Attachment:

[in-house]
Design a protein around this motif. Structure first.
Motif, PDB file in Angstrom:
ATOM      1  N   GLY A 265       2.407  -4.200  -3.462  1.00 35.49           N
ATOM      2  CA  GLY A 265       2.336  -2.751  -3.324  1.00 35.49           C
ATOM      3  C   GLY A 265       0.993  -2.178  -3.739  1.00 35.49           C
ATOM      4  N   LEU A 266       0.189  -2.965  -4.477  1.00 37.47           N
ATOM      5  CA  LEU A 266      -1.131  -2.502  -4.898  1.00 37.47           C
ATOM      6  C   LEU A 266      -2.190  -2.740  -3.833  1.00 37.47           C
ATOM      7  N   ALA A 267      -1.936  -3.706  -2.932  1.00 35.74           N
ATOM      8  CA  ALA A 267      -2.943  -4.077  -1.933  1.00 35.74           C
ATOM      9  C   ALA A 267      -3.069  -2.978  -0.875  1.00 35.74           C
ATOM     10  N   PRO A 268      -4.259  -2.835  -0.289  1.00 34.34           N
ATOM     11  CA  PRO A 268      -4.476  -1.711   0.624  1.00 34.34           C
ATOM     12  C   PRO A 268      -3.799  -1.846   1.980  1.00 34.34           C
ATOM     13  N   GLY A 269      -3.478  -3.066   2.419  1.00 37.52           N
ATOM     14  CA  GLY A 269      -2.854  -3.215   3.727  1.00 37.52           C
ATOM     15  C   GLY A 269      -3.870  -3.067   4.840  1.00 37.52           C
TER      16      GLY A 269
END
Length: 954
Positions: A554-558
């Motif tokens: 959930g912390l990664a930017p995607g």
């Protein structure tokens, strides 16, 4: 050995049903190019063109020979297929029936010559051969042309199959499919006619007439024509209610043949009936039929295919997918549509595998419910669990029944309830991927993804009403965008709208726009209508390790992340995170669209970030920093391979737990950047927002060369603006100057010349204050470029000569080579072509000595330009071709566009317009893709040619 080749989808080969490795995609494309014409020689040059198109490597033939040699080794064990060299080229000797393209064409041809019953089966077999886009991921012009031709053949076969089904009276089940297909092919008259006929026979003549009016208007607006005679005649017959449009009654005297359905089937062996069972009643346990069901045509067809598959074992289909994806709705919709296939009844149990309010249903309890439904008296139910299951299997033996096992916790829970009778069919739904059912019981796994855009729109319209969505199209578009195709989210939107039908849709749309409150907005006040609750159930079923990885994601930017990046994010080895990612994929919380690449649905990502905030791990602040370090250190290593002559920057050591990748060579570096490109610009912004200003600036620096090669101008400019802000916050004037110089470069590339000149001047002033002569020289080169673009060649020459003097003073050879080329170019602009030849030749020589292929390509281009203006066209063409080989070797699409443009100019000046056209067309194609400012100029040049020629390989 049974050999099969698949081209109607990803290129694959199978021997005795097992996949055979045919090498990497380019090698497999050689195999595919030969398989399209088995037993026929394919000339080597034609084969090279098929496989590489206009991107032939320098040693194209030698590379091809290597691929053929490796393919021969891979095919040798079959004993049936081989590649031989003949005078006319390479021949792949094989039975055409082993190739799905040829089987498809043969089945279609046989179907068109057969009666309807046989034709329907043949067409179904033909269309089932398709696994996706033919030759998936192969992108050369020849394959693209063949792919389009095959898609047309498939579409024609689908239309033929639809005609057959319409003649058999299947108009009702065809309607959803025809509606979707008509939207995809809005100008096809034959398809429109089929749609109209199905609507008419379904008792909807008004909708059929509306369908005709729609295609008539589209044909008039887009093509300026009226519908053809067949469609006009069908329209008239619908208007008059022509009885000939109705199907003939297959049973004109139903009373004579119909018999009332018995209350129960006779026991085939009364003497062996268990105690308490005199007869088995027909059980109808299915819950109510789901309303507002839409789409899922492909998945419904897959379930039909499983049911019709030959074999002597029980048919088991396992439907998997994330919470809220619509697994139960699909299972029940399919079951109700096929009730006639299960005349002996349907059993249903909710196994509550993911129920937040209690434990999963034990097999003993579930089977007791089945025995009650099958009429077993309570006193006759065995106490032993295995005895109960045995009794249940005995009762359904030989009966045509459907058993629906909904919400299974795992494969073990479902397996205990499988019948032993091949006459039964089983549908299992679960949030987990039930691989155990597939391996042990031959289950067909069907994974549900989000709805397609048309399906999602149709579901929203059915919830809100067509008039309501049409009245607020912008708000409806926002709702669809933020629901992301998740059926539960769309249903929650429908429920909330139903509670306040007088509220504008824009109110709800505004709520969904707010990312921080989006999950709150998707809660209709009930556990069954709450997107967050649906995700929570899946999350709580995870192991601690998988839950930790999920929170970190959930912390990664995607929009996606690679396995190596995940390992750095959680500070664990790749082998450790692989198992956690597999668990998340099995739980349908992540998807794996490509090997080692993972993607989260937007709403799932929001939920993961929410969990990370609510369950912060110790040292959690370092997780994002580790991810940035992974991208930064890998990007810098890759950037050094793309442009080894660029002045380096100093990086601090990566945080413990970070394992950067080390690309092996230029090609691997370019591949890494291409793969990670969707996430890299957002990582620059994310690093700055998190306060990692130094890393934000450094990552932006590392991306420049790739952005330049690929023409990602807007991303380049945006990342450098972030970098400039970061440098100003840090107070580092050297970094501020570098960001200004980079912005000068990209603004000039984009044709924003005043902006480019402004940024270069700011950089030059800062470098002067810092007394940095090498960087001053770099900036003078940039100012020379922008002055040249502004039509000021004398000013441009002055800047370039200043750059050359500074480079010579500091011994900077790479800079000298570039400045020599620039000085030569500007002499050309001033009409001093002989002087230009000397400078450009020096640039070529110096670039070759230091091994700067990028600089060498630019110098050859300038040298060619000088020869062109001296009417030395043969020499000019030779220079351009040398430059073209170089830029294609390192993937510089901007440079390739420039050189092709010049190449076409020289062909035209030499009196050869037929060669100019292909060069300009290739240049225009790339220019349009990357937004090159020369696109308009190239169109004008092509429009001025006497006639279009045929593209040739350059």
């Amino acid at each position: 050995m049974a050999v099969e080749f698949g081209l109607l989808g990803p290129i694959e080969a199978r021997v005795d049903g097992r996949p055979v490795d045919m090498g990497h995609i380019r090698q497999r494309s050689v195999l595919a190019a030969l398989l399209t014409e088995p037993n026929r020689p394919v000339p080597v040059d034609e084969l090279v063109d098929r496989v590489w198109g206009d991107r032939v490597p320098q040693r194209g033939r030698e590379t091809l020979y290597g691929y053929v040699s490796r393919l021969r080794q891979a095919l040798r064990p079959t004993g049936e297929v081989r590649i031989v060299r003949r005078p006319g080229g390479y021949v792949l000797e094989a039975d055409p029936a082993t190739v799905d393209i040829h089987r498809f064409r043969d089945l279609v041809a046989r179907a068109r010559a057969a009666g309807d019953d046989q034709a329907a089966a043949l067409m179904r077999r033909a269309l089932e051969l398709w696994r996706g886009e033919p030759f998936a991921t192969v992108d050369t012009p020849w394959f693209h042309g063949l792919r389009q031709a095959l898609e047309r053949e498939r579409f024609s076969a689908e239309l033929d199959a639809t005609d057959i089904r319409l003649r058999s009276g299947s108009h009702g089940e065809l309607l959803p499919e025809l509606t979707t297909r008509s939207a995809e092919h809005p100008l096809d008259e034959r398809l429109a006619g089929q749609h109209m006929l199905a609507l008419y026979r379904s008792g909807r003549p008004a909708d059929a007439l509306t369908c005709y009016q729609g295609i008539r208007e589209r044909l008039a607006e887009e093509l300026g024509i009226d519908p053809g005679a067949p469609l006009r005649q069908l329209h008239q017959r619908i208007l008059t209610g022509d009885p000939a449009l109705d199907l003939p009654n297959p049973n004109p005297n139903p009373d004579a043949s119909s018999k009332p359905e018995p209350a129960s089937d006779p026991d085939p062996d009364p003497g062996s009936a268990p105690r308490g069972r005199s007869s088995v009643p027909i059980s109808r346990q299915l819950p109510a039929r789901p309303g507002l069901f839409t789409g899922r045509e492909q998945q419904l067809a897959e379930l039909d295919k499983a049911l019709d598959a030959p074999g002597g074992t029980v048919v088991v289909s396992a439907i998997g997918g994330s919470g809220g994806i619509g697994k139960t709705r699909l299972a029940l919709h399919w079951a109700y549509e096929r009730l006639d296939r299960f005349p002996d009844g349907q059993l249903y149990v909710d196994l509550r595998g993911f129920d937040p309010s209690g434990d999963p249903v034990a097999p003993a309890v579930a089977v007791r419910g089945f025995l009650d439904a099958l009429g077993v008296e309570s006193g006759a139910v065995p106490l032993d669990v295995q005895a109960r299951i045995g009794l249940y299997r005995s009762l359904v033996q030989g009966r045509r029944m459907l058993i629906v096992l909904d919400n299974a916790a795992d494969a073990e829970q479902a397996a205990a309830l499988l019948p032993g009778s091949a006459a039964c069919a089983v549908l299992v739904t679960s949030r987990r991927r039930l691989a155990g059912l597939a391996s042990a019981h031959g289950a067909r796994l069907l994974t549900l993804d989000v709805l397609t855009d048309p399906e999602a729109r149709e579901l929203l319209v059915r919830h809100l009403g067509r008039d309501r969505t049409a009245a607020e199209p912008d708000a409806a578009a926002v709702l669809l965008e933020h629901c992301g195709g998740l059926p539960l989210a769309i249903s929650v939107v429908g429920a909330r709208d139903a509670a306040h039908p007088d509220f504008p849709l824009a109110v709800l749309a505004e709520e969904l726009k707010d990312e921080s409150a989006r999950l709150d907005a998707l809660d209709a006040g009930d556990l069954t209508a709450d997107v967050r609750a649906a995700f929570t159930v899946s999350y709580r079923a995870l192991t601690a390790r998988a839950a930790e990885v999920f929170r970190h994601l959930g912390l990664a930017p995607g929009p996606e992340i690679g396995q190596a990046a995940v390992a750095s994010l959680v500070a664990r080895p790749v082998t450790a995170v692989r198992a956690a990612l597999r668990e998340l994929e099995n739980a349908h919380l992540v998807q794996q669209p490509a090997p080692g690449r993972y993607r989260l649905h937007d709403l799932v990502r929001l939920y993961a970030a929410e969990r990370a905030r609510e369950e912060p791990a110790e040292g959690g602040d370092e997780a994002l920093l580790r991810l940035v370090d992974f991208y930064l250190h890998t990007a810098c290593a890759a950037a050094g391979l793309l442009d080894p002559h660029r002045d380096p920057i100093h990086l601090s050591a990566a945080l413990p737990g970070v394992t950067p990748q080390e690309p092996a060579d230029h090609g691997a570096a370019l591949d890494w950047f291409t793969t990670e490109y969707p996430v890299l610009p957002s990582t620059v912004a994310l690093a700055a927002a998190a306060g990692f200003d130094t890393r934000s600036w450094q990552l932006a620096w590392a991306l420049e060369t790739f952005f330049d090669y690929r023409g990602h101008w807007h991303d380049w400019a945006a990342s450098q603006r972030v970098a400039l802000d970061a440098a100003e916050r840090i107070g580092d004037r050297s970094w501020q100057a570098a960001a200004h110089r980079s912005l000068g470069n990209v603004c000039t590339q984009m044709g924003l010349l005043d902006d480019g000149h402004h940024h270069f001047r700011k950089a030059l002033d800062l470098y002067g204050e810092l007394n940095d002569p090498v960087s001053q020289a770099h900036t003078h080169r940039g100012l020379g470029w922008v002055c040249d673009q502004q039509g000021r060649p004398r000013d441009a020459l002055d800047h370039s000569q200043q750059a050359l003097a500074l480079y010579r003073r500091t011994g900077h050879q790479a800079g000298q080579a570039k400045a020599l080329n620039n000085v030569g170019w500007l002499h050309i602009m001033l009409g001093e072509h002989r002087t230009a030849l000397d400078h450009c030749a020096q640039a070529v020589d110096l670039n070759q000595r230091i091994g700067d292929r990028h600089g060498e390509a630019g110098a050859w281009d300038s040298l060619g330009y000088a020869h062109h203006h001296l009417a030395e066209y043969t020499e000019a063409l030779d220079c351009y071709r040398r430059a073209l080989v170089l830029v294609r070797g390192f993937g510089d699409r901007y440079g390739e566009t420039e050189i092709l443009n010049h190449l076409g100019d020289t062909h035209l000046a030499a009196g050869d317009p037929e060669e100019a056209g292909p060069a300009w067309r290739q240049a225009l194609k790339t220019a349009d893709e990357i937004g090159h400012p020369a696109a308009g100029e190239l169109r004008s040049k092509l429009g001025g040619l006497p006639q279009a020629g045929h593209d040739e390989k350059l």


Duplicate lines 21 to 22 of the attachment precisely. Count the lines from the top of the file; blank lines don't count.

Length: 954
Positions: A554-558